Needle’s visionary recreations are a delight to cinephiles who relish the opportunity to see their favourites in a new way. It’s no easy task; for example, the last thing any fan wants is having the themes that Martin Scorsese explores in Taxi Driver, or its style, stripped away. And neither does this artist. The result is beautiful pieces of art from key touchstones of cinema.
HUNGER sat down with Needle to discuss the genesis of some of his posters, his selection process, and his inspirations.
Nessa: You create these amazing posters. How do you go around choosing the films to feature?
Matt: When it’s a self-initiated poster its almost always a film I love. However, I run a few projects each year, such as, ‘For Your Consideration’, which is where I produce posters for all the ‘Best Film’ nominees at the Oscars. Then there’s ‘NOIRVEMBER’, where I create four film noir inspired prints every November. Doing that, I get to experience films that I’m not as familiar with, which gives me a chance to experiment with different subject matter.
Nessa: Can you walk me though the genesis of one of your particular posters? Was it a film that meant a lot to you…
Matt: Focusing on my Bond series as a whole, that’s a project I’d been thinking about for years, but I never had the time to work on something so expansive. When the pandemic first hit and we went into lockdown, I found a lot of my projects were put on hold, so I finally had the time to jump into it. The Bond movies are something I’ve loved since I was a child, and I felt it was the perfect project to experiment with different stylistic approaches and new techniques. It turned out to be one my most popular projects and one my favourite collections of work I’ve created thus far.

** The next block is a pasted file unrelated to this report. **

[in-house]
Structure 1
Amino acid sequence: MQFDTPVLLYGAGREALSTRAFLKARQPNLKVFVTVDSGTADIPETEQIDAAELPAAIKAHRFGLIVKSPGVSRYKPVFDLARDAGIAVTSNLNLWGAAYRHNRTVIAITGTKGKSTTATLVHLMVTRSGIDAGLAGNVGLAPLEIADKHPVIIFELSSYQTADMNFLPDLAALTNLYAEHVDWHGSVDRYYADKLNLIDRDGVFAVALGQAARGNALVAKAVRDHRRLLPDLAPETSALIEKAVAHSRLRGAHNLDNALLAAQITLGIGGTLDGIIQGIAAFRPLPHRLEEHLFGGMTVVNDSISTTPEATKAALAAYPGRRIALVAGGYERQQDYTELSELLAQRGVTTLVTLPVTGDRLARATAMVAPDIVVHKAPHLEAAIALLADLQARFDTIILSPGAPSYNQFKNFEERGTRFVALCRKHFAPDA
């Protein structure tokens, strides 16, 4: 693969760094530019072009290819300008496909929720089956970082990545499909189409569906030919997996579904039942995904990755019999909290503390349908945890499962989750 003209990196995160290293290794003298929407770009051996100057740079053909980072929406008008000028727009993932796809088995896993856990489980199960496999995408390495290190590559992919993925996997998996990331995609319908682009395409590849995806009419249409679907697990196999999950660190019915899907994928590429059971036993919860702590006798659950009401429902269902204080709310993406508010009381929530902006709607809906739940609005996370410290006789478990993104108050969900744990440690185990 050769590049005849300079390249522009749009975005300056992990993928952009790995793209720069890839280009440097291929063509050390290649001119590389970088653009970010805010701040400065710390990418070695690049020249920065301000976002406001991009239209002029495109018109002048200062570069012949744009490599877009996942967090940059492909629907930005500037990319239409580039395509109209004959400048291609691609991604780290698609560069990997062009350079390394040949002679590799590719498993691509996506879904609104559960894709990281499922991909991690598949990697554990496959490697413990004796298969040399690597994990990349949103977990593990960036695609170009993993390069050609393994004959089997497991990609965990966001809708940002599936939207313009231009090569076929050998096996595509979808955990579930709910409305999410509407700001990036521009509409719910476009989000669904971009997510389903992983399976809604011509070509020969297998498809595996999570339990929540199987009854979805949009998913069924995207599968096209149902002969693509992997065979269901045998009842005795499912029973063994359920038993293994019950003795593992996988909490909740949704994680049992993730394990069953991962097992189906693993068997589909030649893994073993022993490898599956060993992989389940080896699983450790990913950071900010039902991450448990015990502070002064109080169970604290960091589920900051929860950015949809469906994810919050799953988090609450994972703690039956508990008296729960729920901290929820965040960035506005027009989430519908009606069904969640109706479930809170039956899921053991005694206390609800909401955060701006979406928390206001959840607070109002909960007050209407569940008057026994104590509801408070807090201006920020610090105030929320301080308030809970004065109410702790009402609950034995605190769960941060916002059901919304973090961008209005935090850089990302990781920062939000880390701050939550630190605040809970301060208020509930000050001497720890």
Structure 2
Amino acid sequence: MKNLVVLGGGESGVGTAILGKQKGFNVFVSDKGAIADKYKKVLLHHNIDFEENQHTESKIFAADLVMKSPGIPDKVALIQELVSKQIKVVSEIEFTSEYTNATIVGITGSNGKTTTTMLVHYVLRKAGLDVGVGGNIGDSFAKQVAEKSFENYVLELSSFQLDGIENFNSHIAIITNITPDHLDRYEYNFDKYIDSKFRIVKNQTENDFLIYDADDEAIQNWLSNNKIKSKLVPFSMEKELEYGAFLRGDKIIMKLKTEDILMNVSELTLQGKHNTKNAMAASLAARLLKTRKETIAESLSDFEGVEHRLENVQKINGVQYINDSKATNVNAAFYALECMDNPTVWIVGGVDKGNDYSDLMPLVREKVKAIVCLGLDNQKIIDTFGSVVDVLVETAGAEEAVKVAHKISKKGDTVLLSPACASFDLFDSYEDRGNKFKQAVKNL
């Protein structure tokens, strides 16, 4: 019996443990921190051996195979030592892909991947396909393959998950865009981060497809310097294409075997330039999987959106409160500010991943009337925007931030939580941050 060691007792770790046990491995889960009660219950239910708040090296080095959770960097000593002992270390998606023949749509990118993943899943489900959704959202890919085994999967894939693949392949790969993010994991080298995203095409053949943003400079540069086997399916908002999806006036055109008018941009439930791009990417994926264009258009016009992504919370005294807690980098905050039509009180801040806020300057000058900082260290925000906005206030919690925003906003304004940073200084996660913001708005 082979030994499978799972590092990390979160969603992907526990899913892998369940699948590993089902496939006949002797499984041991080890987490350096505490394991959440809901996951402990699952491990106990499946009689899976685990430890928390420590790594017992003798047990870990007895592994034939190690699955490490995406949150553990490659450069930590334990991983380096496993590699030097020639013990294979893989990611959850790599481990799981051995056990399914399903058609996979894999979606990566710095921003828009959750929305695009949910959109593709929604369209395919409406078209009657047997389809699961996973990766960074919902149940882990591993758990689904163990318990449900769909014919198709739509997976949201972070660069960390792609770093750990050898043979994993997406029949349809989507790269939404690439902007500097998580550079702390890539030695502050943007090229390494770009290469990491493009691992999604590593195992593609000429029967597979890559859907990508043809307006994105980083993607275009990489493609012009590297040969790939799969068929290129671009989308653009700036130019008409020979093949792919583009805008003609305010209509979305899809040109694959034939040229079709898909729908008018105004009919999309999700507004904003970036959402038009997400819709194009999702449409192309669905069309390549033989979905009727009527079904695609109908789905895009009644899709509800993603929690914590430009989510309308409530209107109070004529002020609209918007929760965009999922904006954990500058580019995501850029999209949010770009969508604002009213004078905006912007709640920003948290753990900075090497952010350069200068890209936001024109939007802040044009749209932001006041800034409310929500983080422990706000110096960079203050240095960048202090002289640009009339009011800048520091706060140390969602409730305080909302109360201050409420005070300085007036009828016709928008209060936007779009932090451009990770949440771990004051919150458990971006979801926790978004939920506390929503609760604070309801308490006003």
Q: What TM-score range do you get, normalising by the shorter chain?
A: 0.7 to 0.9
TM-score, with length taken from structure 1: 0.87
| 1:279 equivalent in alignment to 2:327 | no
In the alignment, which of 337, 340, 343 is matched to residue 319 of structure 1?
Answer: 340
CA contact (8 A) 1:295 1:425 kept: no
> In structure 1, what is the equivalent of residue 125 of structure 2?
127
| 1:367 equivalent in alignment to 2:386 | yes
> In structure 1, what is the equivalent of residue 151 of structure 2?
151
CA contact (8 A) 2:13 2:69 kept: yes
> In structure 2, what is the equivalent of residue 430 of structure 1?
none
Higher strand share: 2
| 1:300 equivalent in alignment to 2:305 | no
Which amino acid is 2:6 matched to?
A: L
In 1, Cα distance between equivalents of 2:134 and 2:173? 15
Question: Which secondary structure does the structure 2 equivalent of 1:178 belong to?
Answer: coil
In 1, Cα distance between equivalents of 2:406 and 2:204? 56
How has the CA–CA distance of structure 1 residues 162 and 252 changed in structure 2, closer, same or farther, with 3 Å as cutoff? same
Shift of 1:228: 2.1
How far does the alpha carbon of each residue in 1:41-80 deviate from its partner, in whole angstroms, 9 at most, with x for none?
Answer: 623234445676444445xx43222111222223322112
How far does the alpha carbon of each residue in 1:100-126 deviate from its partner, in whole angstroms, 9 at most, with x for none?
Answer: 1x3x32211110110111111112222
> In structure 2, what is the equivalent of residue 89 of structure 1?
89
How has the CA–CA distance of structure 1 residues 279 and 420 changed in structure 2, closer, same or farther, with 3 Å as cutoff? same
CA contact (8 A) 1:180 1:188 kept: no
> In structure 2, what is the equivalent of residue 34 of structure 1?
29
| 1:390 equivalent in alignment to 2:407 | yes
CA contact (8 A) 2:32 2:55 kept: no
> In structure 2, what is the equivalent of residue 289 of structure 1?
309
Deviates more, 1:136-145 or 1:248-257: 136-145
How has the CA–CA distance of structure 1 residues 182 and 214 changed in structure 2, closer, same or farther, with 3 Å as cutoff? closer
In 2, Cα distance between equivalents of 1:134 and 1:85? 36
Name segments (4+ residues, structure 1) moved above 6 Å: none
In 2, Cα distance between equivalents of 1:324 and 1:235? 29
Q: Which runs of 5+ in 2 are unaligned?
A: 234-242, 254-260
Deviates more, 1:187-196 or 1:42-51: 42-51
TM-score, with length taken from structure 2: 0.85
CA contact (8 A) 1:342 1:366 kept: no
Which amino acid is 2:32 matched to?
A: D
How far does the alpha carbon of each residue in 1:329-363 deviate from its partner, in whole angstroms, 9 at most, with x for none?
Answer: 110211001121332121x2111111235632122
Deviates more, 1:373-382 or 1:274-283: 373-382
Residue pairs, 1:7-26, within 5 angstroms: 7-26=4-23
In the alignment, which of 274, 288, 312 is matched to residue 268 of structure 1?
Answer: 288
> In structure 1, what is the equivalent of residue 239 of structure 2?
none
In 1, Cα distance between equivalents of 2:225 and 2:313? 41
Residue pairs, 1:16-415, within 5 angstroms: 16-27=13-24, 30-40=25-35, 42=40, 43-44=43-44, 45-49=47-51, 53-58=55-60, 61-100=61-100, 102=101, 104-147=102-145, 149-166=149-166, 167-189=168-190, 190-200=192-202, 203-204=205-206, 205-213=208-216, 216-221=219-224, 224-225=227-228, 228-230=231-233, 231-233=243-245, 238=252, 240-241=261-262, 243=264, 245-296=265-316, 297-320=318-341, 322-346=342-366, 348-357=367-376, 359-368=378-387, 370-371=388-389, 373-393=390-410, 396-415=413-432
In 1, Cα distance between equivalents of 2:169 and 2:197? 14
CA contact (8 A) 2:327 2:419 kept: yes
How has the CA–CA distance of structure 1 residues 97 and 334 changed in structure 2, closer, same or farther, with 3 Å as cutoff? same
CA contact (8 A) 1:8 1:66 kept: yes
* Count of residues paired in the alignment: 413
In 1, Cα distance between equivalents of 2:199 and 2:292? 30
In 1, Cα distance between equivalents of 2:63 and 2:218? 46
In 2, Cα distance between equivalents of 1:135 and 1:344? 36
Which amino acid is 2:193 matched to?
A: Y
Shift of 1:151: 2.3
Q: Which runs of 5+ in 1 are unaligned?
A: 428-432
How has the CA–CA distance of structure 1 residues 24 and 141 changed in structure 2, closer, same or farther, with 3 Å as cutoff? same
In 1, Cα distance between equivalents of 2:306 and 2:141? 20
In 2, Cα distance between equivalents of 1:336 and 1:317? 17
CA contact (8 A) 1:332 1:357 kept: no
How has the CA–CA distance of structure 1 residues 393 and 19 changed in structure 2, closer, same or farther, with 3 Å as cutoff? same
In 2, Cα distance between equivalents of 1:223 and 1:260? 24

Nessa: What speaks to you when you look at a film that you want to turn into a poster? Is it the shots, locales, scenes, aesthetics — or something else?
Matt: It’s probably a combination of the creative choices you’ve listed above as well as the story. I try to focus on key themes and ideas, then tie that in with something that evokes the visual cues from the film itself. I’m absolutely drawn to certain directors works for their visual style, Stanley Kubrick, Quentin Tarantino, and Wes Anderson, to name a few.
Nessa: Is there a film that you’ve tried to make into a poster that just hasn’t worked for some reason? And why do you think that was?
Matt: To be honest, there have probably been loads over the years. For every final poster you see, there’s multiple that have never seen the light of day. I’ve been playing with ideas for The Godfather for a couple of years now, but it’s never worked out how I want, but I’m going to take another shot at it for the 50th anniversary of the film this year. I think it’s a combination of a few things. Nowadays, there are a lot of people putting out fan art / alt posters, so a lot of the ideas look too similar, and it’s hard to find a different original approach if 500 different artists have interpreted such an iconic film in poster format already.
Nessa: Who are your artist inspirations?
Matt: My earliest artistic inspirations were pop artists such as Peter Blake, Warhol, Idelle Weber, Robert Rauschenberg. I equally love Dadaism and Bauhaus design. Of course, film poster designers such as Saul Bass, Bill Gold, Hans Hillmann, Bob Peak, Drew Struzan… I’m also really inspired by the Polish and Cuban film poster scene.
Nessa: This won’t be easy, but favourite film poster?
Nessa: And your favourite pieces of art?
Nessa: I have to ask this, so my apologies, but top three films?
Matt: Probably an ever-changing list, to be honest: The Shining, North By Northwest or Vertigo, and Pulp Fiction.
Nessa: Finally, and this might be a bit easier — what’s the best film you’ve seen recently, anything of note?
A film that I watched a little while ago but has really stayed with me is David Lowery’s A Ghost Story. I watched that maybe 8 months ago and I still think about it frequently. Otherwise, a few films that I loved from 2021 were The Father, I Care A Lot, The Mitchells vs. the Machines, Dinner in America, Censor and The French Dispatch.